Thursday, October 11, 2007

The Rectory

Here is a lovely little parody done by some of the pius seminarians at my alma mater Kenrick-Glennon Seminary in St. Louis. It's quite amusing.

From the Desk of the Pastor: 27th Sunday of the Year

Once again there are no questions in the Liturgical Question Box and so we continue our discussion of the Holy Sacrifice of the Mass. Last week we began our discussion of the Gloria. The roots of the Gloria are found at the very beginning of the life of Christ when, as the scriptures say, “And suddenly there was with the angel a multitude of the heavenly host praising God and saying, ‘Glòria in excèlsis Deo et in terra pax homìnibus bonae voluntàtis.’” (Glory to God in the highest, and on earth peace among men with whom he is pleased.) The origins of this great hymn of praise remind us again of how in the Holy Mass we truly do join with this great multitude of the heavenly host in their song.

The Institutio says of the Gloria that it is “intoned by the priest” or if it is necessary, it can be intoned by a cantor. “It is sung either by everyone together, or by the people alternately with the choir, or by the choir alone.” The Institutio also points out that this hymn can never be replaced by another song.

After the Gloria the priest invites the people to pray. After this invitation there should be a short moment of silence so that all “may be conscious of the fact that they are in God’s presence and may formulate their petitions mentally.” Then the priest sings or says the collect. This opening prayer is called a collect because, as the Latin word suggests, this prayer collects all the prayers that we have offered in silence and offers them, through the ministry of the priest to God the Father.

After all respond with the Amen, everyone sits for the Liturgy of the Word, which will be our topic next week.

From the Desk of the Pastor: 26th Sunday of the Year

This week, since there are no questions in the Liturgical Question Box, we continue our explanation of the Mass. Last we examined the procession and entrance into the sanctuary focusing on the use of incense. This week I will begin by quoting someone much smarter than I, Bishop Peter J. Elliott who has written a wonderful book entitled “Ceremonies of the Modern Roman Rite” Bishop Elliott says “…the celebrant makes the sign of the cross, saying or singing, “In the name of the Father…”, and then joins his hands. He opens his hands as he says or sings the liturgical greeting, and closes them at the end of the chosen formula. He does not say “Good morning”, etc, as the sacred greeting obviously includes all human sentiments of goodwill.”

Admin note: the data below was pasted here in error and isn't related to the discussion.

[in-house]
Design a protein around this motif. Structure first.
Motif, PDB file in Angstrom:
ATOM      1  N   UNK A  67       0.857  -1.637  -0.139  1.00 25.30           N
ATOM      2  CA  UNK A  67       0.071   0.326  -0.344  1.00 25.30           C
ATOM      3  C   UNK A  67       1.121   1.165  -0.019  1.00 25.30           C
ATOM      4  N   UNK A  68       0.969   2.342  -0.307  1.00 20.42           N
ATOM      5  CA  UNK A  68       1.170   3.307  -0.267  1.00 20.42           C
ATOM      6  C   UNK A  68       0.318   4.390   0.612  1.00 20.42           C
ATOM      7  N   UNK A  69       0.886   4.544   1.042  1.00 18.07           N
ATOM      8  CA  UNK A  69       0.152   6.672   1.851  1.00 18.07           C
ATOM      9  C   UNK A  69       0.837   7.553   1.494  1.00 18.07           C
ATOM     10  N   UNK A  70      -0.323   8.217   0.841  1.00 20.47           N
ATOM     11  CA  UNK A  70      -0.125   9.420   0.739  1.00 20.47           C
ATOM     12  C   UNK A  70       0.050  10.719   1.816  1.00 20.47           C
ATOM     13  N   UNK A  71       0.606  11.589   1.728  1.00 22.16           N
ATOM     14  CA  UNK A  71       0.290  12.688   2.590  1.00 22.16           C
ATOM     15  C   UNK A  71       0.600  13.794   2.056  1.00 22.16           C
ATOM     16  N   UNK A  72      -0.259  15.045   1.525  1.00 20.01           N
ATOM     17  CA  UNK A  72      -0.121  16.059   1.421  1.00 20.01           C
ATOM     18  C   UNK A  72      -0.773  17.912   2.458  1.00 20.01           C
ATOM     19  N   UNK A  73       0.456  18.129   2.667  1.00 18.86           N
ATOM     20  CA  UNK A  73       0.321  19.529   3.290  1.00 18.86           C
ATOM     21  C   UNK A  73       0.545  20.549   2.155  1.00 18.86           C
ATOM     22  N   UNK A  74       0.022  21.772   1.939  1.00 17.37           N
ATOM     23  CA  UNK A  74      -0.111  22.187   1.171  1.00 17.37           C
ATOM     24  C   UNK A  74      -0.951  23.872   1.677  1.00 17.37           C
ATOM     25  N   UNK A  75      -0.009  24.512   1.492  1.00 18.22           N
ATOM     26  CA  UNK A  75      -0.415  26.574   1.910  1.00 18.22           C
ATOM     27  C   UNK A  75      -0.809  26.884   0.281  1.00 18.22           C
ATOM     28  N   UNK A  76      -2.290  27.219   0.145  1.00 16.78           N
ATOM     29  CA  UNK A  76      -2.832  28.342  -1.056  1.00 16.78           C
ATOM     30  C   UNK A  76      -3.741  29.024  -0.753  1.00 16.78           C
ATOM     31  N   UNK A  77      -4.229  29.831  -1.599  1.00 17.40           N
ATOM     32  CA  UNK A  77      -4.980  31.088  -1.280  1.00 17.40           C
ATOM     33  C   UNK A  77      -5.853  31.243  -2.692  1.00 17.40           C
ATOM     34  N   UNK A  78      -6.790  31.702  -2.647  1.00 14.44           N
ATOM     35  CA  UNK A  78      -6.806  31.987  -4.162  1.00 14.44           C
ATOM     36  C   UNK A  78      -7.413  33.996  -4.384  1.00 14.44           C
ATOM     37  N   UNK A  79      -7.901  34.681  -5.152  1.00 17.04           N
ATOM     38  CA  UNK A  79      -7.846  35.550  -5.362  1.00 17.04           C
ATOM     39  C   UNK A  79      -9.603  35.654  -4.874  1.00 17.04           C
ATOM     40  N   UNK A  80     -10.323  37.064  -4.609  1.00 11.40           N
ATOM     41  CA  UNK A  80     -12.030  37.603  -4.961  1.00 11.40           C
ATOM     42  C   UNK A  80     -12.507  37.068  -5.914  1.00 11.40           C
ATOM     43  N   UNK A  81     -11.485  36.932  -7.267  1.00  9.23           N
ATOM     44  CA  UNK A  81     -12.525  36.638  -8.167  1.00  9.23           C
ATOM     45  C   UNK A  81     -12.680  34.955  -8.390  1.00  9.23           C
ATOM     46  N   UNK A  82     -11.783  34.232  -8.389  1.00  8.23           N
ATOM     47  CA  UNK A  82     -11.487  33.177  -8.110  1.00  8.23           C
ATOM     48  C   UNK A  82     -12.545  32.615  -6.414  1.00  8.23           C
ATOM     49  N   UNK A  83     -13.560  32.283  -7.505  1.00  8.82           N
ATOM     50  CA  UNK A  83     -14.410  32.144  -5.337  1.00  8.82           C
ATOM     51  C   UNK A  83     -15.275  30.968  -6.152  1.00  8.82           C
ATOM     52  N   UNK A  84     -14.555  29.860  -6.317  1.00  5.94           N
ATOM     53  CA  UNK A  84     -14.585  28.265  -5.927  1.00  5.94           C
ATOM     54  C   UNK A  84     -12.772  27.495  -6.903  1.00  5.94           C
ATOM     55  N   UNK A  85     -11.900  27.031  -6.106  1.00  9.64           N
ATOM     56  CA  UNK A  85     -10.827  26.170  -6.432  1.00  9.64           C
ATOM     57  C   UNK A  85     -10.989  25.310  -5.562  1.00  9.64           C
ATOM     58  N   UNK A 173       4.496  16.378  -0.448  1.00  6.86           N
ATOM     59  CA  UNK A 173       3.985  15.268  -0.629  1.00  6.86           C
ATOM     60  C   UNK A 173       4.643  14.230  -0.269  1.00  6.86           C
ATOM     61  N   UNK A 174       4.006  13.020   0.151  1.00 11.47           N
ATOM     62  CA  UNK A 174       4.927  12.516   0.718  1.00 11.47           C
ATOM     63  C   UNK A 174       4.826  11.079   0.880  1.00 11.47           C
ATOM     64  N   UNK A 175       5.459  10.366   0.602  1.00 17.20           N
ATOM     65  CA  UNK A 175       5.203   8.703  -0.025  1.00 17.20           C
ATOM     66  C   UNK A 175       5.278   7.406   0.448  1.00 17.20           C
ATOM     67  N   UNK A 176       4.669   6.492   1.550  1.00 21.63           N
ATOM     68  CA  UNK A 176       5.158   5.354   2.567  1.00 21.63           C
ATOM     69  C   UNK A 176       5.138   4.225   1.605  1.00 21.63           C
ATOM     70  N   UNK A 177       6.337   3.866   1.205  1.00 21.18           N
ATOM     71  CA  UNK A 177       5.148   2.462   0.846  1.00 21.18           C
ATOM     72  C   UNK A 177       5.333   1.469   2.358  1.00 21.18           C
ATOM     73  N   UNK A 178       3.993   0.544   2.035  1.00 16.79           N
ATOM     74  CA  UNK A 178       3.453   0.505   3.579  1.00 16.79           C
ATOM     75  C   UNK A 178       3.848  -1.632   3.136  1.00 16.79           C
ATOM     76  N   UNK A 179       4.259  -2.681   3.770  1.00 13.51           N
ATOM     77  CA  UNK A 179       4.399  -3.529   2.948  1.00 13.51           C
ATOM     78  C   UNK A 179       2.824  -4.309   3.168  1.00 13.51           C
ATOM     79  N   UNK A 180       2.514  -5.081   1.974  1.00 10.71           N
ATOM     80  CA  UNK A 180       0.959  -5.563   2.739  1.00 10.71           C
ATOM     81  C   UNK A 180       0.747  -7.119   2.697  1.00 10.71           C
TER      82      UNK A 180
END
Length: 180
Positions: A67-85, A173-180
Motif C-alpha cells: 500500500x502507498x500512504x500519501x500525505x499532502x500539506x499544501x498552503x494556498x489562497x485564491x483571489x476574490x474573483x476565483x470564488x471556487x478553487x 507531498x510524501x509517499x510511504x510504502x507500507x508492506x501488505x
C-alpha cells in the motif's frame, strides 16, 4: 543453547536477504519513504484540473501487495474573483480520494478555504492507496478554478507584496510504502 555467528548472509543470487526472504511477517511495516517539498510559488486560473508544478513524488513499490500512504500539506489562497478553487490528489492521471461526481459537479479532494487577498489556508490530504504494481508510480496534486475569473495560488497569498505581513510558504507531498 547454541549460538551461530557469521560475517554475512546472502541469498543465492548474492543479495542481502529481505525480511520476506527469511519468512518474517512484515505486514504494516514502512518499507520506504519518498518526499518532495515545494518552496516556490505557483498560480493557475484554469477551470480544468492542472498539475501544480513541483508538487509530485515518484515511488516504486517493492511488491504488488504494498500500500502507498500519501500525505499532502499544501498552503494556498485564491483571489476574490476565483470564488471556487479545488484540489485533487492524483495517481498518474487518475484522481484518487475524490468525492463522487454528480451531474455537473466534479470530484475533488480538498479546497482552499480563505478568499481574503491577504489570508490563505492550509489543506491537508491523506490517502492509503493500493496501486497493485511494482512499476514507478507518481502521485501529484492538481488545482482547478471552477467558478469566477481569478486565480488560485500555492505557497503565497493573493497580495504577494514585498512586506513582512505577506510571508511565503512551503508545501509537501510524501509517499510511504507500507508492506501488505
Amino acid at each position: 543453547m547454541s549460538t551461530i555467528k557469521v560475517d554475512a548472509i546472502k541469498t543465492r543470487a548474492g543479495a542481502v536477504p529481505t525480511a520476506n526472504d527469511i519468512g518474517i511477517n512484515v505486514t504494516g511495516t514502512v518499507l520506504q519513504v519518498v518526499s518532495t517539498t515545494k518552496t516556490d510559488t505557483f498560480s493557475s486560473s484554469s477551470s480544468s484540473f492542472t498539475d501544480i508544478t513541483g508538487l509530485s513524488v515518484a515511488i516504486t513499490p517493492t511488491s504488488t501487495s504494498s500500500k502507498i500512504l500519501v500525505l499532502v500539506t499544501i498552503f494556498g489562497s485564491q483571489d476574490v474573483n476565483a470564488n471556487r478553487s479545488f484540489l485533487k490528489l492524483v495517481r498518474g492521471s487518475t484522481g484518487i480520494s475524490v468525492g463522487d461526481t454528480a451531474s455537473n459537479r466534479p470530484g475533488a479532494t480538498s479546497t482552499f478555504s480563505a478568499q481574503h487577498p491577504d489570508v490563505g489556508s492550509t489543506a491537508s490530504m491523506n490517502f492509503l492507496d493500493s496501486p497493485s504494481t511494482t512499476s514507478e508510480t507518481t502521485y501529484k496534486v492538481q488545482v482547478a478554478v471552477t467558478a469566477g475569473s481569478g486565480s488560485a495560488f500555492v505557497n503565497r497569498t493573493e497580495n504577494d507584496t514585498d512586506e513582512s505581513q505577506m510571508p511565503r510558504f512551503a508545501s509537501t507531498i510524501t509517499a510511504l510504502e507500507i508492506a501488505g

After the sign of the cross and the greeting we enter the Act of Penitence. The Institutio says that there should be a brief pause in order to call to mind our sins. You may have noticed that I truly do try to pause at this time. All to often the pause seems to be hurried and not at all long enough for us to truly enter into prayer and recall that we are sinners and in need of God’s Mercy and forgiveness.

When it comes to the Penitential Rite itself there are three options. Option A is the Confiteor (I confess…). As part of this option all should strike there breast at “through my own fault.” Option B is unfortunately rarely used and therefore most Catholic are unfamiliar with it. I encourage you to pick up the Missalette and become more familiar with this option. Option C is a series of invocations followed by Kyrie Eleison... When form A or B is used the Kyrie is “sung or said in the vernacular or in Greek. Form C includes the Kyrie within it and therefore is not repeated afterward.

After the Penitential Rite, on Sundays and Solemnities, comes the Gloria. According to the Institutio “The Gloria is a very ancient and venerable hymn in which the Church, gathered together…glorifies and entreats God the Father and the lamb. The text of this hymn may not be replaced by any other text.”

Next week we will continue discussing a few things about the Gloria and move on to the Collect or Opening Prayer.

From the Desk of the Pastor: 25th Sunday of the Year

Since there were no questions in the Liturgical Question Box we continue with our journey through the Holy Mass. Last week we discussed the beginning of this journey, the procession. Once the procession reaches the sanctuary, the most sacred part of the Church building, the Altar Servers (if they are not carrying anything) genuflect along with the priest. The genuflection is a sign of reverence for our Lord truly present in the Tabernacle. After this the priest and deacon reverences the altar with a kiss. The altar is venerated in this way because the Altar represents Christ Himself. This is also why at this time the Altar is often times incensed.